This painting demonstrates how fully van Dyck had absorbed the lessons of his master Rubens, as well as how soon after he had begun an independent practice that he developed his own signature style. Though there has long been debate as to the identity of the man, as well as the family depicted in the Ottawa painting, his identity remains a mystery.1 He was most likely a studio model, and the sketch would have stayed with van Dyck in his studio as a reference point from which later figures could have been based. In fact, a number of the figures in Suffer Little Children to Come unto Me are found in later compositions by van Dyck, such as the Christ who appears in Chris and the Penitent Sinners (Bayerische Staatsgemäldegalerie, Munich), and the Apostle at left in the yellow cloak, who appears in numerous later works.2 The practice of making study heads from a live model was first introduced in the Southern Netherlands by Frans Floris and later eagerly embraced by Rubens as well as Van Dyck. The heads became part of their studio repertory, kept on hand to be used in various multi-figured compositions throughout the artists' careers. Rubens himself so valued Van Dyck's studies that he kept them long after his prize pupil had left his workshop, and many appear in the inventory of his studio at his death.
Suffer Little Children to Come unto Me was undoubtedly one of van Dyck's first major independent compositions, and as such, he prepared for its final execution with a number of preparatory sketches for the various figures, some of which are extant. The one which comes closest to the present work in character is today in a private collection (Barnes 2004, cat. no. I. 15). Both of these pictures employ quickly applied short white brush strokes along the hair line as finishing touches to the otherwise more polished rendering of the face. In addition, though, van Dyck incorporated other studies into the final work, including two used for the apostles to the left of Christ (Barnes 2004, cat. nos. I.90, which was sold New York, Sotheby's, 28 January 2010, lot 176; and I.91).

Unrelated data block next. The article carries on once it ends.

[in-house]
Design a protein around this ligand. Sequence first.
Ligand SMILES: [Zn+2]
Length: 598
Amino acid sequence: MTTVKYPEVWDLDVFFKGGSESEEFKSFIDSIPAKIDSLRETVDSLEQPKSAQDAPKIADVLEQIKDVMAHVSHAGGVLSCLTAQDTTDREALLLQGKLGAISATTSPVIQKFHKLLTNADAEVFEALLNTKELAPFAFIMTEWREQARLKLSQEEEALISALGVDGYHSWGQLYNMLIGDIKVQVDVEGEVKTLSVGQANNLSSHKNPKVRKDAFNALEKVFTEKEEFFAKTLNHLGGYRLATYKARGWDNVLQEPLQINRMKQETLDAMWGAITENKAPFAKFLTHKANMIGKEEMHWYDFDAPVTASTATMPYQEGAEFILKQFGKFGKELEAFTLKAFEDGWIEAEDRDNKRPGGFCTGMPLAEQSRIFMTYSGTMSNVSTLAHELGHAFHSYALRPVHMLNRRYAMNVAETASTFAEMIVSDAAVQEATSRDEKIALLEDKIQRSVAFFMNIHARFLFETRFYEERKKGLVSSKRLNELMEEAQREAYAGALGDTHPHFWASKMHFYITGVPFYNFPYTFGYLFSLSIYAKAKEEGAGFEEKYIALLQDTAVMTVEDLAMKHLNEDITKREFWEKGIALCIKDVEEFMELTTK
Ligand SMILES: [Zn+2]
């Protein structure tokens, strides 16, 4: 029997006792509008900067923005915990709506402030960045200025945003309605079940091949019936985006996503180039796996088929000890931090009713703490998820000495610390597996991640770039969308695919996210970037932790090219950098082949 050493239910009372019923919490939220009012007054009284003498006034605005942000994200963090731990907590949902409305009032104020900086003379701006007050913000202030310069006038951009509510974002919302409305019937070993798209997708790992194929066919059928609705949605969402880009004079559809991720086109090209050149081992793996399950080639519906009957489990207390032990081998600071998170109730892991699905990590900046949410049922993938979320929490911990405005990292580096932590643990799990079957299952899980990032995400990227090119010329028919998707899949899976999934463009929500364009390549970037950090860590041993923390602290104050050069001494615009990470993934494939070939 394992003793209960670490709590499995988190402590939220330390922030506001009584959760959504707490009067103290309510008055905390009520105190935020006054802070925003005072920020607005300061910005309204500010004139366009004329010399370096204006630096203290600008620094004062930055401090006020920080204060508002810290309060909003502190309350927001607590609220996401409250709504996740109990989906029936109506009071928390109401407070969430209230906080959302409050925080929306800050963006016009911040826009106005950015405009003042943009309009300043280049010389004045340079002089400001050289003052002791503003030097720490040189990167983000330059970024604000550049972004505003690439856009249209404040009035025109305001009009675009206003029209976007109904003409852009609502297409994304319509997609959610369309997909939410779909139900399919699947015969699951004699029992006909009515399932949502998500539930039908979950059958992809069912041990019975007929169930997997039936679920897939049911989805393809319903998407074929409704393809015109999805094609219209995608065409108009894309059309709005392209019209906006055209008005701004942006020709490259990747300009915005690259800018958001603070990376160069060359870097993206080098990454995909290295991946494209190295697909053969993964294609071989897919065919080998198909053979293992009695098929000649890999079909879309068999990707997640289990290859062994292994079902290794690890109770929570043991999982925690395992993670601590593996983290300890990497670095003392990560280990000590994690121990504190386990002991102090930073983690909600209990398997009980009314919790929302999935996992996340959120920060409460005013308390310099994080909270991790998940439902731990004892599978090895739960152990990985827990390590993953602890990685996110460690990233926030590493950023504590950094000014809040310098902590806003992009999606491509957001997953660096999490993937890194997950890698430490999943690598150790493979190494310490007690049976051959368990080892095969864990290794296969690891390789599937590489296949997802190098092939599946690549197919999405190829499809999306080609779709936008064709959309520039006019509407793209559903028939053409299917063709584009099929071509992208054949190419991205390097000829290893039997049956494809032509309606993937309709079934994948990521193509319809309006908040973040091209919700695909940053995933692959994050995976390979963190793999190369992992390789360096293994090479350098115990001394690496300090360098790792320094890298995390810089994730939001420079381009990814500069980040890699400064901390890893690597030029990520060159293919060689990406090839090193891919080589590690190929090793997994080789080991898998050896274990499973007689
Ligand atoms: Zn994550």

Prior to a cleaning undertaken on the occasion of its exhibition alongside the Ottawa painting at the National Gallery of Canada, clumsy over paint masked the carefully applied highlights and overall highly confident execution which is so readily visible now. Though undoubtedly preparatory, this picture functions as a fully worked up portrait. Van Dyck has gone so far as to include a stone background for contrast, as well as carefully finished clothing with a sharply linear collar. Given the care with which the sketch is finished, it is unsurprising that the likeness of the subject is quite faithfully transferred to the final painting.
We are grateful to Susan Barnes for confirming the attribution, based on firsthand inspection.
1. See Literature, Barnes 2004, p. 31.
2. Ibid, cat. nos. I.17, I.20, 1.21.
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